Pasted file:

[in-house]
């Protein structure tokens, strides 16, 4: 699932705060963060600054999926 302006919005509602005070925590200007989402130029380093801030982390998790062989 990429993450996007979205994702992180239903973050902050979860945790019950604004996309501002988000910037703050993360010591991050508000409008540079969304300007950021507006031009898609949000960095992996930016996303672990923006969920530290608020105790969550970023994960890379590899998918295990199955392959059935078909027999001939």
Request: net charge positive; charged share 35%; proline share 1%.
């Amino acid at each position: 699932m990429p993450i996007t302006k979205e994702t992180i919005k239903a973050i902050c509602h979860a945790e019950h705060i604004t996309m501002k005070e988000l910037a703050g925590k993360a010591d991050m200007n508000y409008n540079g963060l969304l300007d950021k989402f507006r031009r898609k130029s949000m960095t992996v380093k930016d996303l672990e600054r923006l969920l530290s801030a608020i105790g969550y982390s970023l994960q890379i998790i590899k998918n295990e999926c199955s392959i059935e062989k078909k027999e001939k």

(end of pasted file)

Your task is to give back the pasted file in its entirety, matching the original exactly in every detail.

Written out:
[in-house]
């Protein structure tokens, strides 16, 4: 699932705060963060600054999926 302006919005509602005070925590200007989402130029380093801030982390998790062989 990429993450996007979205994702992180239903973050902050979860945790019950604004996309501002988000910037703050993360010591991050508000409008540079969304300007950021507006031009898609949000960095992996930016996303672990923006969920530290608020105790969550970023994960890379590899998918295990199955392959059935078909027999001939």
Request: net charge positive; charged share 35%; proline share 1%.
């Amino acid at each position: 699932m990429p993450i996007t302006k979205e994702t992180i919005k239903a973050i902050c509602h979860a945790e019950h705060i604004t996309m501002k005070e988000l910037a703050g925590k993360a010591d991050m200007n508000y409008n540079g963060l969304l300007d950021k989402f507006r031009r898609k130029s949000m960095t992996v380093k930016d996303l672990e600054r923006l969920l530290s801030a608020i105790g969550y982390s970023l994960q890379i998790i590899k998918n295990e999926c199955s392959i059935e062989k078909k027999e001939k």